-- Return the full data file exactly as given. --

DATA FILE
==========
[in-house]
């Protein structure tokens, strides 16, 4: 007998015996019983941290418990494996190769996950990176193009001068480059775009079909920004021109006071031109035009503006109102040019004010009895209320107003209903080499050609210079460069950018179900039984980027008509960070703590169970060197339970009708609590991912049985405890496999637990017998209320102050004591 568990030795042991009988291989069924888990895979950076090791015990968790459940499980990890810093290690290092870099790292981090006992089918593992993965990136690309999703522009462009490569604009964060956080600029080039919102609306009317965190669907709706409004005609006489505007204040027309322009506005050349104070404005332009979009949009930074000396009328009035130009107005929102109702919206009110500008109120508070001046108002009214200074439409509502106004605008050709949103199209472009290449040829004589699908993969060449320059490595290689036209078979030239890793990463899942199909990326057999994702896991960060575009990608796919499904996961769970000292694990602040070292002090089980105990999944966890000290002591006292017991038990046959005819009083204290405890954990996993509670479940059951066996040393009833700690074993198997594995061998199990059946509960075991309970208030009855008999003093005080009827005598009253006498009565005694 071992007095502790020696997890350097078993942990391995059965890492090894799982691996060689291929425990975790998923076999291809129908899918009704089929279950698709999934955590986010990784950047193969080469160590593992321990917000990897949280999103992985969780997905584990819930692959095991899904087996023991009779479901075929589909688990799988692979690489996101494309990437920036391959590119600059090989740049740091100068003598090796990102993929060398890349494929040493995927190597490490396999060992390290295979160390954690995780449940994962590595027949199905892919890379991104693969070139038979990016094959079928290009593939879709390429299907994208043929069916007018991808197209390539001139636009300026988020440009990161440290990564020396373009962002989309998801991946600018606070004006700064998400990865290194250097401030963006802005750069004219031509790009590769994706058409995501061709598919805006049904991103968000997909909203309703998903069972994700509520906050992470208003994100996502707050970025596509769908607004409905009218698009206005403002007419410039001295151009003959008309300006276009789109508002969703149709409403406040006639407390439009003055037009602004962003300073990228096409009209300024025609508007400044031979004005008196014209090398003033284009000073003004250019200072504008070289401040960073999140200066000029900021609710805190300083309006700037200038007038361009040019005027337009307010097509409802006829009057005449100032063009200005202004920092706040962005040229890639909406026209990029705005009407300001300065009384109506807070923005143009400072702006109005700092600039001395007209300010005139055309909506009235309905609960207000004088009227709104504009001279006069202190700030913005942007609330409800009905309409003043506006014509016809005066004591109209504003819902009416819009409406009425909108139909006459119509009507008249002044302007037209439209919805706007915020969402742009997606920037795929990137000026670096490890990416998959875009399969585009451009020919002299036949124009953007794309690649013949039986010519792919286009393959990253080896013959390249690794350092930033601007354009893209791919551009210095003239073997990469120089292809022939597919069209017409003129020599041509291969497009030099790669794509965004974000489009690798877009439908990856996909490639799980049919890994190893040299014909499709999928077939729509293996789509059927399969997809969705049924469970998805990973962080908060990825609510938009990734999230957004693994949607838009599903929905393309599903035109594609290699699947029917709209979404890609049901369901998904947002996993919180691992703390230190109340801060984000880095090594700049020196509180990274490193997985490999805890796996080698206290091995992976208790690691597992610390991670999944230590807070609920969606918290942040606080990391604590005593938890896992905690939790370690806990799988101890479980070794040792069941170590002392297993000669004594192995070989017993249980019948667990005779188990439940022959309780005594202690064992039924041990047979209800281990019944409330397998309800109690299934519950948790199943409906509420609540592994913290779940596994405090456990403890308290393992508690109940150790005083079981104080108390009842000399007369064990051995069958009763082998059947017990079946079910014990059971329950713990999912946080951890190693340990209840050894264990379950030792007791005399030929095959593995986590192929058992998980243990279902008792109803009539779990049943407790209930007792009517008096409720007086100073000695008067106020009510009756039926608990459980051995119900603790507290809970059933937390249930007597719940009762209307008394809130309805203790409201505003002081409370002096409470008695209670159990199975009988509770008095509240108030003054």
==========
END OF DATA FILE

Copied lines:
[in-house]
């Protein structure tokens, strides 16, 4: 007998015996019983941290418990494996190769996950990176193009001068480059775009079909920004021109006071031109035009503006109102040019004010009895209320107003209903080499050609210079460069950018179900039984980027008509960070703590169970060197339970009708609590991912049985405890496999637990017998209320102050004591 568990030795042991009988291989069924888990895979950076090791015990968790459940499980990890810093290690290092870099790292981090006992089918593992993965990136690309999703522009462009490569604009964060956080600029080039919102609306009317965190669907709706409004005609006489505007204040027309322009506005050349104070404005332009979009949009930074000396009328009035130009107005929102109702919206009110500008109120508070001046108002009214200074439409509502106004605008050709949103199209472009290449040829004589699908993969060449320059490595290689036209078979030239890793990463899942199909990326057999994702896991960060575009990608796919499904996961769970000292694990602040070292002090089980105990999944966890000290002591006292017991038990046959005819009083204290405890954990996993509670479940059951066996040393009833700690074993198997594995061998199990059946509960075991309970208030009855008999003093005080009827005598009253006498009565005694 071992007095502790020696997890350097078993942990391995059965890492090894799982691996060689291929425990975790998923076999291809129908899918009704089929279950698709999934955590986010990784950047193969080469160590593992321990917000990897949280999103992985969780997905584990819930692959095991899904087996023991009779479901075929589909688990799988692979690489996101494309990437920036391959590119600059090989740049740091100068003598090796990102993929060398890349494929040493995927190597490490396999060992390290295979160390954690995780449940994962590595027949199905892919890379991104693969070139038979990016094959079928290009593939879709390429299907994208043929069916007018991808197209390539001139636009300026988020440009990161440290990564020396373009962002989309998801991946600018606070004006700064998400990865290194250097401030963006802005750069004219031509790009590769994706058409995501061709598919805006049904991103968000997909909203309703998903069972994700509520906050992470208003994100996502707050970025596509769908607004409905009218698009206005403002007419410039001295151009003959008309300006276009789109508002969703149709409403406040006639407390439009003055037009602004962003300073990228096409009209300024025609508007400044031979004005008196014209090398003033284009000073003004250019200072504008070289401040960073999140200066000029900021609710805190300083309006700037200038007038361009040019005027337009307010097509409802006829009057005449100032063009200005202004920092706040962005040229890639909406026209990029705005009407300001300065009384109506807070923005143009400072702006109005700092600039001395007209300010005139055309909506009235309905609960207000004088009227709104504009001279006069202190700030913005942007609330409800009905309409003043506006014509016809005066004591109209504003819902009416819009409406009425909108139909006459119509009507008249002044302007037209439209919805706007915020969402742009997606920037795929990137000026670096490890990416998959875009399969585009451009020919002299036949124009953007794309690649013949039986010519792919286009393959990253080896013959390249690794350092930033601007354009893209791919551009210095003239073997990469120089292809022939597919069209017409003129020599041509291969497009030099790669794509965004974000489009690798877009439908990856996909490639799980049919890994190893040299014909499709999928077939729509293996789509059927399969997809969705049924469970998805990973962080908060990825609510938009990734999230957004693994949607838009599903929905393309599903035109594609290699699947029917709209979404890609049901369901998904947002996993919180691992703390230190109340801060984000880095090594700049020196509180990274490193997985490999805890796996080698206290091995992976208790690691597992610390991670999944230590807070609920969606918290942040606080990391604590005593938890896992905690939790370690806990799988101890479980070794040792069941170590002392297993000669004594192995070989017993249980019948667990005779188990439940022959309780005594202690064992039924041990047979209800281990019944409330397998309800109690299934519950948790199943409906509420609540592994913290779940596994405090456990403890308290393992508690109940150790005083079981104080108390009842000399007369064990051995069958009763082998059947017990079946079910014990059971329950713990999912946080951890190693340990209840050894264990379950030792007791005399030929095959593995986590192929058992998980243990279902008792109803009539779990049943407790209930007792009517008096409720007086100073000695008067106020009510009756039926608990459980051995119900603790507290809970059933937390249930007597719940009762209307008394809130309805203790409201505003002081409370002096409470008695209670159990199975009988509770008095509240108030003054």